TUCSON, AZ - For the first time in its history, Tucson Botanical Gardens has a blooming corpse flower.
The corpse flower, which gets its name from the "rotting flesh" odor it emits, is extremely rare and unpredictable. It opened its pungent petals on Monday, April 23.
"Corpse flowers are considered rare in the world of botanic gardens," said Michelle Conklin, executive director of TBG. "There have been about 100 recorded cultivated corpse flowers around the world. The first recorded flowering in the United States was at the New York Botanical Gardens in 1937."
The plants can take up to a decade to bloom for the first time and the bloom only lasts for 24-48 hours.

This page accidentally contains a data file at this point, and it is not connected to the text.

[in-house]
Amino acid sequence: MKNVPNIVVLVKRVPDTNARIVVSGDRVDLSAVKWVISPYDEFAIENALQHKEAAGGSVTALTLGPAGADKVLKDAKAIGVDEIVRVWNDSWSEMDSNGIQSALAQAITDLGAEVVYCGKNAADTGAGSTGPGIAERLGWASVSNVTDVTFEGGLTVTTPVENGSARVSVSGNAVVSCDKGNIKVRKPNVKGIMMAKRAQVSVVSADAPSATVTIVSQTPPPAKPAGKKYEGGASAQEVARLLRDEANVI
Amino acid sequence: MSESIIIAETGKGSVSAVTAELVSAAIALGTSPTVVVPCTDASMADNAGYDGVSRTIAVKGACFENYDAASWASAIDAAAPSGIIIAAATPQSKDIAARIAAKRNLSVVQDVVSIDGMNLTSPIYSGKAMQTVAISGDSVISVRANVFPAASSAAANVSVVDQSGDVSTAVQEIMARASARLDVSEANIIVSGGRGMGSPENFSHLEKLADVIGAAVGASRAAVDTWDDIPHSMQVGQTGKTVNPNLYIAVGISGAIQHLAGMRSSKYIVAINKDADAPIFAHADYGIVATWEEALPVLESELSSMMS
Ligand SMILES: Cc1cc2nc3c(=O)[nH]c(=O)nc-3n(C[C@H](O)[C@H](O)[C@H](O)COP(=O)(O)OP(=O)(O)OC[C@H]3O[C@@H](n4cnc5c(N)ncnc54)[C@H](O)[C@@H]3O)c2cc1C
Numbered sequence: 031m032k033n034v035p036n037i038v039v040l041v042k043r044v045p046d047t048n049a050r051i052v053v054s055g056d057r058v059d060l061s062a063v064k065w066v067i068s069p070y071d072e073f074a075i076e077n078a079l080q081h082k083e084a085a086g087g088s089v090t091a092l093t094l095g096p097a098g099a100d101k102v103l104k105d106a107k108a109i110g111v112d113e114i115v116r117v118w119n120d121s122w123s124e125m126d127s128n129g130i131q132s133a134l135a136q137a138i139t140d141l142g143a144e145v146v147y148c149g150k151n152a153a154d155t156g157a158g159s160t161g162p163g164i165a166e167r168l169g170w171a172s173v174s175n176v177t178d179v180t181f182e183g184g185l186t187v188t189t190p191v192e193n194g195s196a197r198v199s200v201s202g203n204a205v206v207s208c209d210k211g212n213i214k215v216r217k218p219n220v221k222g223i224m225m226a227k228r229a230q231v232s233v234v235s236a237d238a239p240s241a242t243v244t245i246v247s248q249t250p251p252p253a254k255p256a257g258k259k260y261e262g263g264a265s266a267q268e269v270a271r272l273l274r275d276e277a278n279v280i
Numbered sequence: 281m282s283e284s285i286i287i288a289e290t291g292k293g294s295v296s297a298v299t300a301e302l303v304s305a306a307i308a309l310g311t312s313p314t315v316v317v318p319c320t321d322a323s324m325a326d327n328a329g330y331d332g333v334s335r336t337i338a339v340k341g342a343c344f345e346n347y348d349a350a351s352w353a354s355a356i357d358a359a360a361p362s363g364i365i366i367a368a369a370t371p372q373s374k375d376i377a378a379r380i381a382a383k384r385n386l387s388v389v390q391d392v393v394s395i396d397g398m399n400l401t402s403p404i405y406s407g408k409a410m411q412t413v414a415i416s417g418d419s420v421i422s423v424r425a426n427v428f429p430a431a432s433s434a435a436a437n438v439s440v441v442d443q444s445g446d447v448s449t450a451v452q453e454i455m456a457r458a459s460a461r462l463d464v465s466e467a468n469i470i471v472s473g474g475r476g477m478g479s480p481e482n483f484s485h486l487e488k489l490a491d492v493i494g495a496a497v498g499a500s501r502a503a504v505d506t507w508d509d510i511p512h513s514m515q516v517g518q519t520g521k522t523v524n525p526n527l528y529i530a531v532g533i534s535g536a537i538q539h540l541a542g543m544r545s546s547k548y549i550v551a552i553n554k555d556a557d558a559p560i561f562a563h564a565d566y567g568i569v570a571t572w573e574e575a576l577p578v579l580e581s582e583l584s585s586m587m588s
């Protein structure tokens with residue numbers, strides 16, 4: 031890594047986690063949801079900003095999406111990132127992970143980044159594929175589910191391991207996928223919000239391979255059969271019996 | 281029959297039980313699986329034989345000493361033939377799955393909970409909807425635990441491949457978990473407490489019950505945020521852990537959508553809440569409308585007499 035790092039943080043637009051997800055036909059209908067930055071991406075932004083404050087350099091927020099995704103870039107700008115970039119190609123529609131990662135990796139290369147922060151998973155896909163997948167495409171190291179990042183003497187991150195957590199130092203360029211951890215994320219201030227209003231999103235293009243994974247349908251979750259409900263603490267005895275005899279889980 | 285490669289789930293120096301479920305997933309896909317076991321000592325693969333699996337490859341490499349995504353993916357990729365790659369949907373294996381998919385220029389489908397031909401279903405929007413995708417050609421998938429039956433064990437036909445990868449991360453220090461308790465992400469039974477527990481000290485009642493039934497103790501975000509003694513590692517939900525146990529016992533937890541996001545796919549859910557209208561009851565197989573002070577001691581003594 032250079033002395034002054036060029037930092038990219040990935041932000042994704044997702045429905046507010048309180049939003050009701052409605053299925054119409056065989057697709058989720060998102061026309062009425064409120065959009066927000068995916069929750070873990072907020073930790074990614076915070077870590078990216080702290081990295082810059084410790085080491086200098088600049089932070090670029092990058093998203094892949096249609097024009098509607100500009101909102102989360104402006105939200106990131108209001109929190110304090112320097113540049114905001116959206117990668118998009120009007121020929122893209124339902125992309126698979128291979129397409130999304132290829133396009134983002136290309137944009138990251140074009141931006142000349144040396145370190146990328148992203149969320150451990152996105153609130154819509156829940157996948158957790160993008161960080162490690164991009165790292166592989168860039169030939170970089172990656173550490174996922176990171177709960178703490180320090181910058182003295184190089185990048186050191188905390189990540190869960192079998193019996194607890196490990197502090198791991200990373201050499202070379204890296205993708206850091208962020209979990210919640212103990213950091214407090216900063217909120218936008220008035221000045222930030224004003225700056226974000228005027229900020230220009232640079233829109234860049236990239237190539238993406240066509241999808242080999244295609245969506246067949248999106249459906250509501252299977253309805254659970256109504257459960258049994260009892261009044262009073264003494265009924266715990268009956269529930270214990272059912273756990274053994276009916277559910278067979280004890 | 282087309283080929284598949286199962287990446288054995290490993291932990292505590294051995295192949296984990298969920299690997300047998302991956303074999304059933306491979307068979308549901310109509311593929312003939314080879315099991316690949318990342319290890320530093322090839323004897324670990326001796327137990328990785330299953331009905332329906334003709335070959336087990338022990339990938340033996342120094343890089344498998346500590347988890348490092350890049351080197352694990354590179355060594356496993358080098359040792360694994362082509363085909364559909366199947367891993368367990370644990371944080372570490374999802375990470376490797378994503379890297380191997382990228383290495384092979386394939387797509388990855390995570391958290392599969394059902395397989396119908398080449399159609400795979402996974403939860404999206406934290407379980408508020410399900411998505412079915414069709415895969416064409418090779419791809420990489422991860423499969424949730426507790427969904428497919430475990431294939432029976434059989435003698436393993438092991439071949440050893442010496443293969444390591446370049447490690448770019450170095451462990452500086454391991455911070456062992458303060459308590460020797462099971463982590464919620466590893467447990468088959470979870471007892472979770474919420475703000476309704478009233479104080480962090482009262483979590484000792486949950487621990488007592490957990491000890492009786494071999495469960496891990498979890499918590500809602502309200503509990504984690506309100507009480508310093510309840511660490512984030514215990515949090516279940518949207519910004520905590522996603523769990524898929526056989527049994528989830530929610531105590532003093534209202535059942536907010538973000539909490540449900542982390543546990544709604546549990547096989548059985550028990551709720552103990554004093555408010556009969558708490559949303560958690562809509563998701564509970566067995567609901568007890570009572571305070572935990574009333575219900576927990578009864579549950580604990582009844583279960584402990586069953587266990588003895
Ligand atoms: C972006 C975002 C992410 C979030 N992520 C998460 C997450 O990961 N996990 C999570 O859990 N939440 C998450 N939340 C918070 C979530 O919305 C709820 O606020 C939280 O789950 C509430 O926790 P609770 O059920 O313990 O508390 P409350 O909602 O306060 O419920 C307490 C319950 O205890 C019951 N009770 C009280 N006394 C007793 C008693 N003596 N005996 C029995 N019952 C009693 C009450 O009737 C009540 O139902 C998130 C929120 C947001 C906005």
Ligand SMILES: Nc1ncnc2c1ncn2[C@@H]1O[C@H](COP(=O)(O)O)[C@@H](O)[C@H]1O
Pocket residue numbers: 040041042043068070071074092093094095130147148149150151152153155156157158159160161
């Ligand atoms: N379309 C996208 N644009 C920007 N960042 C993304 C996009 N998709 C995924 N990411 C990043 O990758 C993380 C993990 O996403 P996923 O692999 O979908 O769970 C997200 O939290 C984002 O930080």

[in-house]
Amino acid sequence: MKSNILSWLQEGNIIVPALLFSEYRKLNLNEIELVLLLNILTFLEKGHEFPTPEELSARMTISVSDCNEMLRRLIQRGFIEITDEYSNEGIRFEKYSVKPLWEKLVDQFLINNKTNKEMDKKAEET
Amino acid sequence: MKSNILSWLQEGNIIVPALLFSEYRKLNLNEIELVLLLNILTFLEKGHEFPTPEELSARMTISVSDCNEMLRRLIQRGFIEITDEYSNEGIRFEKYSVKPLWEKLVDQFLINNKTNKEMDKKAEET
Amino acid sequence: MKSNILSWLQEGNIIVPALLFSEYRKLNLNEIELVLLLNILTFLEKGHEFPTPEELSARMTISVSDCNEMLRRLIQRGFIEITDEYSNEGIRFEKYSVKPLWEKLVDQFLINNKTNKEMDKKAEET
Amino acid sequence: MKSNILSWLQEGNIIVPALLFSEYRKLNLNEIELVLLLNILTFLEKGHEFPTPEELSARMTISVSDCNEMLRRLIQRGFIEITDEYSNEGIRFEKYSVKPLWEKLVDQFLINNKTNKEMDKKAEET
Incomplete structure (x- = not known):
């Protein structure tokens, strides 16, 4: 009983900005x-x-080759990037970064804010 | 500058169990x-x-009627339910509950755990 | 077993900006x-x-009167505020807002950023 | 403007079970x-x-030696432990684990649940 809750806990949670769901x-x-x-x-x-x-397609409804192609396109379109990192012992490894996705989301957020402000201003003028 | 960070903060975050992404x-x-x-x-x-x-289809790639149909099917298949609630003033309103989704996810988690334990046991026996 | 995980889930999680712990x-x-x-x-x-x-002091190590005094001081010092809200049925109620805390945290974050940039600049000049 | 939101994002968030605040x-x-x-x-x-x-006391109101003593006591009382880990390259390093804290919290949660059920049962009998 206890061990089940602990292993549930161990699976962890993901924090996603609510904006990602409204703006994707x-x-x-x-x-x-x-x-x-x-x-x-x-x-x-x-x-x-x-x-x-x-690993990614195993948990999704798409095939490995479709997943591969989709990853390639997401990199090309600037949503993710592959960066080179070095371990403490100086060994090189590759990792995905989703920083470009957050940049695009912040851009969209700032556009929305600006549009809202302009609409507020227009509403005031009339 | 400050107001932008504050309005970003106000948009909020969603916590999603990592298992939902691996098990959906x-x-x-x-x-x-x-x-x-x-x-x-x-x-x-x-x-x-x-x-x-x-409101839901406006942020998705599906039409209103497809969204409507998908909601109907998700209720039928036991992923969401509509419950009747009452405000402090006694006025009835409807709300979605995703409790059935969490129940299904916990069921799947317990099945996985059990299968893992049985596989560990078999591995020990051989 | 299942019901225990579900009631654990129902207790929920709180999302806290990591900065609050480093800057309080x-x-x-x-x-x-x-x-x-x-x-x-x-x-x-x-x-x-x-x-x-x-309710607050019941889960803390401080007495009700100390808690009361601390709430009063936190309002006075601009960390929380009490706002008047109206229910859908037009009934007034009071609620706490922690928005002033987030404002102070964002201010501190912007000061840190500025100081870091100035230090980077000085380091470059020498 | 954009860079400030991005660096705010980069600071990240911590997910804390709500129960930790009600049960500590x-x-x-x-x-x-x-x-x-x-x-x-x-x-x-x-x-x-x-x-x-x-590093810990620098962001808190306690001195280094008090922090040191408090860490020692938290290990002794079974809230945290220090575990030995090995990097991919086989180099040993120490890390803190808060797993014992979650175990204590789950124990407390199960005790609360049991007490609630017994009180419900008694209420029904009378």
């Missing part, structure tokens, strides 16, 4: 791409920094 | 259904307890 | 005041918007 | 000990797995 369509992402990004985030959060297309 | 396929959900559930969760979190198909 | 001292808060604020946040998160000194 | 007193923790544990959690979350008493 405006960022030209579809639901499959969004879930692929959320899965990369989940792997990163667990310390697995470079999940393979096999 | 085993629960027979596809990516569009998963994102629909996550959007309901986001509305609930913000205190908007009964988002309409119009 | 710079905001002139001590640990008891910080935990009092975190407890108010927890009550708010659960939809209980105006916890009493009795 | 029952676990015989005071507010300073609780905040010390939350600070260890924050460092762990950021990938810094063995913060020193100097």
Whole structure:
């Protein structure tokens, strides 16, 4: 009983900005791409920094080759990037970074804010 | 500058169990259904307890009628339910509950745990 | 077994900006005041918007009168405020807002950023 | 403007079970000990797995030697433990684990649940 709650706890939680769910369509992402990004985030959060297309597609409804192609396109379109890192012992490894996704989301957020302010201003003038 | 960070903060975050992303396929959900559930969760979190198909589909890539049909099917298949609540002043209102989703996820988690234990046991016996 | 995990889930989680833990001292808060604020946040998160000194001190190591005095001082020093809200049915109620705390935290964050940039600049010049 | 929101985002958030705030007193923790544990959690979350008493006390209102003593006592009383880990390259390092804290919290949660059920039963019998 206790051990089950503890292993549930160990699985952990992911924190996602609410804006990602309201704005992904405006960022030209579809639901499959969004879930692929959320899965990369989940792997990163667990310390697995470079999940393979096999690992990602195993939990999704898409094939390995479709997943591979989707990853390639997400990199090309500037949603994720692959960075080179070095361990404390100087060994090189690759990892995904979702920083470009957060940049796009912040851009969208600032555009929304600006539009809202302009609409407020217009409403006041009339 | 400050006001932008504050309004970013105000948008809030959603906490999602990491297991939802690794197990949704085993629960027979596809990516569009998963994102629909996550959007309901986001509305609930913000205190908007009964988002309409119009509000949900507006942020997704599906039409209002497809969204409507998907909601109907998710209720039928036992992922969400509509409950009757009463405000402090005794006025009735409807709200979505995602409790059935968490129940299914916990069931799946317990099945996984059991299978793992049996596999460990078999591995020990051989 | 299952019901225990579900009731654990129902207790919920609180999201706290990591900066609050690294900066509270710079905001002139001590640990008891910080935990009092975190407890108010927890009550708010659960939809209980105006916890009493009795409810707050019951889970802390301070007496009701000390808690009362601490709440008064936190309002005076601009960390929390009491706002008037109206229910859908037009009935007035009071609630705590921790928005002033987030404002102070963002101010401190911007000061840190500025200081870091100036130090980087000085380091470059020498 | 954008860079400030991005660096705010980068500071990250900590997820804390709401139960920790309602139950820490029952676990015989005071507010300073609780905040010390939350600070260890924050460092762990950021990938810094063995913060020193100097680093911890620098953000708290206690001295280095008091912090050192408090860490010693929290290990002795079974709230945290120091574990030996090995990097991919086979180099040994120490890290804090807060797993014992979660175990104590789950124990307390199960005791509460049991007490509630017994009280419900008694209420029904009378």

Below is a Sunday afternoon update from the blog.
The plant can grow over 10-feet tall and is the largest flowering structure in the world.
Michael Madsen, the TBG butterfly exhibit manager, said Rosie was a gift from UC Fullerton and Edward Read.
"We believe Rosie is 9 years old," Madsen said. "This is her first time to flower."
Madsen said Rosie is blooming earlier than expected.
According to Madsen, Rosie will eventually produce small reddish fruit.
Once the fruit ripen, workers will take the seeds and attempt to grow smaller corpse flowers or share seeds with other gardens.
If you can't get to the TBG, you can watch the bloom live below.
- Rare corpse flower set to bloom in Tucson.
- $15 General admission, $13 Students, Senior & Military, $8 Children (4-17); Free for Members, Children 3 and under
- Tucson Botanical Gardens, 2150 N. Alvernon Way
- The flower can bloom at any time, but TBG will be open from 8:30 a.m. to 10:30 p.m. each day.
- There will be a members-only viewing from 7-8:30 a.m. each day